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Is the GOP Moving to Solve a Medical Malpractice ‘Crisis” That Doesn’t Exist?

There have been countless articles this year about the efforts of President Donald Trump and the Republican-controlled Congress to end Obamacare and replace it with some other health insurance program. But the Washington Post reported at the end of 2016 that the GOP has another, much less publicized, health “reform” in mind that would harm victims of medical negligence by significantly cutting back medical malpractice awards nationwide.
This plan to limit malpractice damage awards doesn’t help patients or result in safer outcomes – just the contrary. If passed, it would take legal tools out of the hands of victims of medical negligence, with no benefit to the public (other than Heath Care Providers). Those who care protecting the public from medical mistakes need to follow this issue very closely, since to this point it has escaped almost all public notice. The public needs to stand ready to expose these proposals for what they are.
According to the Post’s December 30, 2016, article, GOP leaders, including Health and Human Services Secretary-designate Tom Price, want to “make it easier for doctors to defend themselves in malpractice cases and raise the burden of proof on patients claiming to have been injured. Most Republicans also back sharp limits on damage awards, often citing California’s landmark law capping noneconomic damages at $250,000 as a national model.”
The article points out that Price, an orthopedic surgeon who has practiced in the Atlanta area for more than 20 years, is a longtime supporter of “lawsuit abuse reform” as a way of reducing the nation’s health spending.
In fact, on January 4, 2017, the House Republican Study Committee, a caucus of conservative GOP House members, introduced an Obamacare replacement proposal that would, among many other things, make it harder for patients to sue their doctors for medical negligence.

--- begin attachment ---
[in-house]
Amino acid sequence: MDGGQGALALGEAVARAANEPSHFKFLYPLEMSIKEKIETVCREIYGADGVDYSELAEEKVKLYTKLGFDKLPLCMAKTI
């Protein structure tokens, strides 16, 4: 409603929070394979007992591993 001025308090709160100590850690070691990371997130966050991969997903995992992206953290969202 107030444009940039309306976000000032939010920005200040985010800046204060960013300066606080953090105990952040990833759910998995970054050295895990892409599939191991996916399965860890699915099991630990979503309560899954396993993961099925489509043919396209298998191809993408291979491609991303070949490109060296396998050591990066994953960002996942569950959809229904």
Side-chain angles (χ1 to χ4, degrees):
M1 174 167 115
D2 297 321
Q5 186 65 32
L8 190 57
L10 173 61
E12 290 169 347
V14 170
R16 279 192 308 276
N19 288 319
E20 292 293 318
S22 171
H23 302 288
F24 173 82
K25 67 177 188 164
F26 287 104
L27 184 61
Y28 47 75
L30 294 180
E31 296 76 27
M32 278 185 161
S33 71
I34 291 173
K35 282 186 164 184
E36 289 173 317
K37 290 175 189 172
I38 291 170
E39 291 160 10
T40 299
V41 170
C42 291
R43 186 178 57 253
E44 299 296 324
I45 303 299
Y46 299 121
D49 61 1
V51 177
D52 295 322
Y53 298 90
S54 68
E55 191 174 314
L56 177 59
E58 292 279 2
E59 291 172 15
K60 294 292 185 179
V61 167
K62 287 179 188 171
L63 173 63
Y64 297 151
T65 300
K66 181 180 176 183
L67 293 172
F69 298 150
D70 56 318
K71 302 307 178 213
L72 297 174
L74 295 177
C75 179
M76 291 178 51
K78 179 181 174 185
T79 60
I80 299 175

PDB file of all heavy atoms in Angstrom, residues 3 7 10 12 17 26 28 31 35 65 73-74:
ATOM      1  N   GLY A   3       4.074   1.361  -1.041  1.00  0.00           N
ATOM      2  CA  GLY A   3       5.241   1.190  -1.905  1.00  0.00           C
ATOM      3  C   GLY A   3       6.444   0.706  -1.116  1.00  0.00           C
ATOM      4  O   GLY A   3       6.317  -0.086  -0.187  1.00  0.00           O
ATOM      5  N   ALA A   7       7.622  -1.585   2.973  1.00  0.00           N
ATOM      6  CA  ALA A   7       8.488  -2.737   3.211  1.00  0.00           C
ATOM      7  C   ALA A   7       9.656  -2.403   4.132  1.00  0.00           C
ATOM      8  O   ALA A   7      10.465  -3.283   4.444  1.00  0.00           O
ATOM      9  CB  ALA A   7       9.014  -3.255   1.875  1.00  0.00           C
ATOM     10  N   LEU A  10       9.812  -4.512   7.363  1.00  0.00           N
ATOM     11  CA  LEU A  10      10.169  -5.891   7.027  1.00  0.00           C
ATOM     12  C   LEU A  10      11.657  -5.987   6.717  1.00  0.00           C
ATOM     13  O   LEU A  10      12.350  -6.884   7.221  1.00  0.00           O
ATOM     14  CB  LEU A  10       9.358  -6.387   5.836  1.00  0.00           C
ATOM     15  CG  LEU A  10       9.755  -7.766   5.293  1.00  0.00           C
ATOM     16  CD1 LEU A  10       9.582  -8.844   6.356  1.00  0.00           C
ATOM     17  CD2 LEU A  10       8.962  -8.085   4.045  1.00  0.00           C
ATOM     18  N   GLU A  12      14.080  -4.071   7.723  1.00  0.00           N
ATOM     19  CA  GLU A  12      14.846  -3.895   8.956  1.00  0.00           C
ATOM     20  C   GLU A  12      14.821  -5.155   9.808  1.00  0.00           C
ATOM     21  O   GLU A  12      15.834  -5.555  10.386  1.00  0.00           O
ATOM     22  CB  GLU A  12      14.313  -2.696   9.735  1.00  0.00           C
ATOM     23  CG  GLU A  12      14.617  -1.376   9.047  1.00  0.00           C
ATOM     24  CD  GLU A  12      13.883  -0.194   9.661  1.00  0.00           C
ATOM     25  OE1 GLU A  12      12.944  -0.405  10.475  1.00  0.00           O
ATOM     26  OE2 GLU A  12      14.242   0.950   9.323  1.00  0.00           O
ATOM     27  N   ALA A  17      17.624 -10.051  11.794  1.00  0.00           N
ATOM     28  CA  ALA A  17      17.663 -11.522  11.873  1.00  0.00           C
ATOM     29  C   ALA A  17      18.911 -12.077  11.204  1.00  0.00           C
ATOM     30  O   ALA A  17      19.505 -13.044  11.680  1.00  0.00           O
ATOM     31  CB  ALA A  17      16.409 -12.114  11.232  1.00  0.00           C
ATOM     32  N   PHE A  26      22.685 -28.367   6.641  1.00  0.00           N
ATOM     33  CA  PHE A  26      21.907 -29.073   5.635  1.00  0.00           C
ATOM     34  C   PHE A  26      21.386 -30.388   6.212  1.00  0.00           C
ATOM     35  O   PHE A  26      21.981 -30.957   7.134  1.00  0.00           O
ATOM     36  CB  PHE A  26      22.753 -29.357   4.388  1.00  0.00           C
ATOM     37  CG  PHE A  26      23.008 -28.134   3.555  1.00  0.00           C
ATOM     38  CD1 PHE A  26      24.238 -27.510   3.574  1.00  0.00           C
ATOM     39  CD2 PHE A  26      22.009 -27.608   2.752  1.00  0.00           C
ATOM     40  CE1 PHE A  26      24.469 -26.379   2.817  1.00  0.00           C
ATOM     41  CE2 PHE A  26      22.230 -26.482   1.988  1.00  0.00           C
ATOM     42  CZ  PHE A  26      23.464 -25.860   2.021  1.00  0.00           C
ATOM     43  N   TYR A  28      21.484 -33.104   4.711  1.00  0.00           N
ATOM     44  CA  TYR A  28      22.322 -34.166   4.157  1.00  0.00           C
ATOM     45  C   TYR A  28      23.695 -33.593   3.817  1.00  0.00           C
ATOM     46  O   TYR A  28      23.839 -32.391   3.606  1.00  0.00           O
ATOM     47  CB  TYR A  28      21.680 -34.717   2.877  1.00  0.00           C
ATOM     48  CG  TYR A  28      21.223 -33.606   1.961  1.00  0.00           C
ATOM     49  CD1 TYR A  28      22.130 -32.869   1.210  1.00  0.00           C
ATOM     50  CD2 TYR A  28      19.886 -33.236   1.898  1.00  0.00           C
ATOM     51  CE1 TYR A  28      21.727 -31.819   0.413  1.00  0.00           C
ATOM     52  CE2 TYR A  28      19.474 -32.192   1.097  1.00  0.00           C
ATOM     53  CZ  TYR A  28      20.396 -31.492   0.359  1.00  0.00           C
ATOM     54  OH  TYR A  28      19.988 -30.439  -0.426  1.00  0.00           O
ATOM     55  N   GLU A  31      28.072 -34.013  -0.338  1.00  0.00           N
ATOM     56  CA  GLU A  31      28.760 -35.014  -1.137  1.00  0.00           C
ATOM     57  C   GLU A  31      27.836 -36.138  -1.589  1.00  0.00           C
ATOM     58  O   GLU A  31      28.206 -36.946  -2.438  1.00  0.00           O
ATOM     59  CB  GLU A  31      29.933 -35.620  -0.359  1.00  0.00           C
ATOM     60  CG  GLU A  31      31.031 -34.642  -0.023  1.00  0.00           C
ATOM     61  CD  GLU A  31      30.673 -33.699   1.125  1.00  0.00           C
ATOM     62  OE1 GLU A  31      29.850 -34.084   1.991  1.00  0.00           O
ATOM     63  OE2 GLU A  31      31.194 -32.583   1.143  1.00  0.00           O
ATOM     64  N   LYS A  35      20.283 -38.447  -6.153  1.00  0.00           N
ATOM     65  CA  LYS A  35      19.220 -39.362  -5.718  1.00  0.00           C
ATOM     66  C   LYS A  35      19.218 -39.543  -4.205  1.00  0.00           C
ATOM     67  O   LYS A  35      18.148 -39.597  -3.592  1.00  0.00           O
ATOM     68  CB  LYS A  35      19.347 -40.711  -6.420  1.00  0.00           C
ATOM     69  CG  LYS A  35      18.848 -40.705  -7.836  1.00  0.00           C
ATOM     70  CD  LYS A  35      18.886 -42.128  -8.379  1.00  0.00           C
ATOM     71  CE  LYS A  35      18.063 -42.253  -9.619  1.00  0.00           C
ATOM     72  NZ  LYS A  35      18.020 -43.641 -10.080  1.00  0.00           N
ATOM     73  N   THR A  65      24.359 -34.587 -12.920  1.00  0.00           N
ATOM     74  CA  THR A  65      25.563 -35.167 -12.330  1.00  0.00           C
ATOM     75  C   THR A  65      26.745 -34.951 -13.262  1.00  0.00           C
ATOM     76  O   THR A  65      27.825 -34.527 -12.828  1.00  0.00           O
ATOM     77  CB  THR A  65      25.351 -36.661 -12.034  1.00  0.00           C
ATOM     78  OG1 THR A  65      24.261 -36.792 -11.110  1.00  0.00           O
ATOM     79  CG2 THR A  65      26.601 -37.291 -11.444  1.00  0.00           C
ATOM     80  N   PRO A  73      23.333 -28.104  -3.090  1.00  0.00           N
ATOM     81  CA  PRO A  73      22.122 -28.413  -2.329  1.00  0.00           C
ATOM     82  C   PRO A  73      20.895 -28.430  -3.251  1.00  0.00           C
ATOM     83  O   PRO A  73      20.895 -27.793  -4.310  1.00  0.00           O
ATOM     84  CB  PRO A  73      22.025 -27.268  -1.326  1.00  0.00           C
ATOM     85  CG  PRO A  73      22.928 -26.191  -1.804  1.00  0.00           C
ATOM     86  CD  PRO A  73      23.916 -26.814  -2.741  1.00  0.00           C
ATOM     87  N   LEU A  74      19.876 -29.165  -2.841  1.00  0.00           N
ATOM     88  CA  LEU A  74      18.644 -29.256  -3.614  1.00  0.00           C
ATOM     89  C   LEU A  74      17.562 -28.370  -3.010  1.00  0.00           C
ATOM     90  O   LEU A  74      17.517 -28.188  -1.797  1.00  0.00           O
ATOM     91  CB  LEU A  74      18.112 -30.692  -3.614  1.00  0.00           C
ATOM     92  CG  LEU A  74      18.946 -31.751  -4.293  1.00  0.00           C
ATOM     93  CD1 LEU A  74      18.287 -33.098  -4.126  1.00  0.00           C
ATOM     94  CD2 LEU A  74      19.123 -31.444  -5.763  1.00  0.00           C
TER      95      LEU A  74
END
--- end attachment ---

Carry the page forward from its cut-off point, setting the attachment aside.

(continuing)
However, as the Post article points out, the nation is not in the midst of a medical malpractice crisis. Far from it, the system is working quite well. Doctors are paying less for malpractice insurance now than they did in 2001, even after adjusting for inflation. Even without any of these draconian reforms the rate of claims has dropped by half since 2003. As the saying goes, if it ain’t broke, don’t fix it.
The “crisis” in need of a solution seems to be that doctors believe they reaping as much profit as they could with even lower premiums. It’s a power grab, pure and simple from the congress and president the medical lobby has been praying for years.
The Post article quotes Michelle Mello, a Stanford University law professor, as saying, “What strikes me about these current proposals is that they really represent the agenda of medical professionals, which is all about limiting liability. To take any malpractice reform seriously, it has to offer something to improve the situation of patients and lead to safer outcomes.”
The GOP plan does precisely the opposite  by insulating careless heath care providers from their mistakes.

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